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  Indian J Med Microbiol
 

Figure 1: The use of fasciocutaneous flaps in burn scars. (a) A young adult sustained electrical injury, which exposed his polytetrafluoroethylene bypass graft from the left subclavian to the axillary artery. A 1:3 ratio fasciocutaneous flap was marked on the lateral trunk to cover the defect. (b) Sixth day postoperative result showing the vascular graft is well covered and the donor defect has been closed primarily. A slight violet discoloration of an edge of the flap is seen due to design constraint from another electrical burn in the region of the proposed flap. There was no flap loss and the wounds healed well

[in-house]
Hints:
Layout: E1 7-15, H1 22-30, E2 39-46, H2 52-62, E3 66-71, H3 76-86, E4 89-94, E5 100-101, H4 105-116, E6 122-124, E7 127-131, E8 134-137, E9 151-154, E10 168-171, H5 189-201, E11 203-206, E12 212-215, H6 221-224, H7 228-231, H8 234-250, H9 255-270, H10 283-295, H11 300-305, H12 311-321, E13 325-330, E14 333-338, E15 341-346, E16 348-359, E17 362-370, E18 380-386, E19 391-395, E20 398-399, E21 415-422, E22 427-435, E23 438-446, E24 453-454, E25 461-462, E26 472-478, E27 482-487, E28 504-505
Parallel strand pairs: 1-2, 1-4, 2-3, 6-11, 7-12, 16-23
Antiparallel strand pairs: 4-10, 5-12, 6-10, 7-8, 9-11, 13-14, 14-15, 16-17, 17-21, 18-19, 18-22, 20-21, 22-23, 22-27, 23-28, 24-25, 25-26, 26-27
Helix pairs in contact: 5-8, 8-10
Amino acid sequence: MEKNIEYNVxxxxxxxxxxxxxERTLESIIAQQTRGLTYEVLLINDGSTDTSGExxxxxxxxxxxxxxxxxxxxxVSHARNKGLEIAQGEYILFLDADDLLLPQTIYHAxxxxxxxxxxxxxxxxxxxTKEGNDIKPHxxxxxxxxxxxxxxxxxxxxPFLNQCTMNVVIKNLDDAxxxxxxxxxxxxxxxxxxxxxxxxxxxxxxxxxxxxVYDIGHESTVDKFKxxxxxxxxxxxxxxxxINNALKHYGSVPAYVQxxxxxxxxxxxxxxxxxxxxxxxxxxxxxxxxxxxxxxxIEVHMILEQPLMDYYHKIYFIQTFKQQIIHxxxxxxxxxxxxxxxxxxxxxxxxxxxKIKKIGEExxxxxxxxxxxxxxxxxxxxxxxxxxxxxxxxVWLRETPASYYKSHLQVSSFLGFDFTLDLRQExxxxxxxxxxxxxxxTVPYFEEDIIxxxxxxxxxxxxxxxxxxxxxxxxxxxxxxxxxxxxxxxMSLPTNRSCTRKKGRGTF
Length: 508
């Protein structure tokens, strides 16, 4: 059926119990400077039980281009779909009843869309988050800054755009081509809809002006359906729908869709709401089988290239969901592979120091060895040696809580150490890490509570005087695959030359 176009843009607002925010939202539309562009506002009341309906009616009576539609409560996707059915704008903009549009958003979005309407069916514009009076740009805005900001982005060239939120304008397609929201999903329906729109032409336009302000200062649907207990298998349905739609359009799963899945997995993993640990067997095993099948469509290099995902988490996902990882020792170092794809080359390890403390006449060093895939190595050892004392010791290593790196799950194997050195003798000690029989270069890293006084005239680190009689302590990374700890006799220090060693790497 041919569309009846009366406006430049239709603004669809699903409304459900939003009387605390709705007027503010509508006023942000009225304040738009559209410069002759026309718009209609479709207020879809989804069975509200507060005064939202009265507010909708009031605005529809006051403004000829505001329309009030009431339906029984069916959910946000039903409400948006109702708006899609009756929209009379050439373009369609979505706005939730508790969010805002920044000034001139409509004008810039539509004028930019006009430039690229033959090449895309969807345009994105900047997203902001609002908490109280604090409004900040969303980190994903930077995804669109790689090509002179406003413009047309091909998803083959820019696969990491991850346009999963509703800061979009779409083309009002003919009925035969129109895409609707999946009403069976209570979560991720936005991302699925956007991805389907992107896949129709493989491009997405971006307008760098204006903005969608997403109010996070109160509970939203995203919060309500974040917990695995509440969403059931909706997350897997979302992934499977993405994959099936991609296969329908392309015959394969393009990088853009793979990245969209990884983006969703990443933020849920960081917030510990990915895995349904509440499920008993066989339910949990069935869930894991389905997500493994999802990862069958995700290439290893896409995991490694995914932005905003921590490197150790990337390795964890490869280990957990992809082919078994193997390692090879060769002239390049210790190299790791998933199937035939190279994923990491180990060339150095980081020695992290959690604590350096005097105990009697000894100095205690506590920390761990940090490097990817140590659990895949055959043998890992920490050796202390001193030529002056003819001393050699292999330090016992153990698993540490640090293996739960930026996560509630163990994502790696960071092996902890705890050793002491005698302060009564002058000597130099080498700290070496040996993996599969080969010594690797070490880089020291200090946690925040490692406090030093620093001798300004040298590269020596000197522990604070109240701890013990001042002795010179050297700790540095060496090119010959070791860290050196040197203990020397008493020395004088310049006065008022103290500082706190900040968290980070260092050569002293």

Figure 1: The use of fasciocutaneous flaps in burn scars. (a) A young adult sustained electrical injury, which exposed his polytetrafluoroethylene bypass graft from the left subclavian to the axillary artery. A 1:3 ratio fasciocutaneous flap was marked on the lateral trunk to cover the defect. (b) Sixth day postoperative result showing the vascular graft is well covered and the donor defect has been closed primarily. A slight violet discoloration of an edge of the flap is seen due to design constraint from another electrical burn in the region of the proposed flap. There was no flap loss and the wounds healed well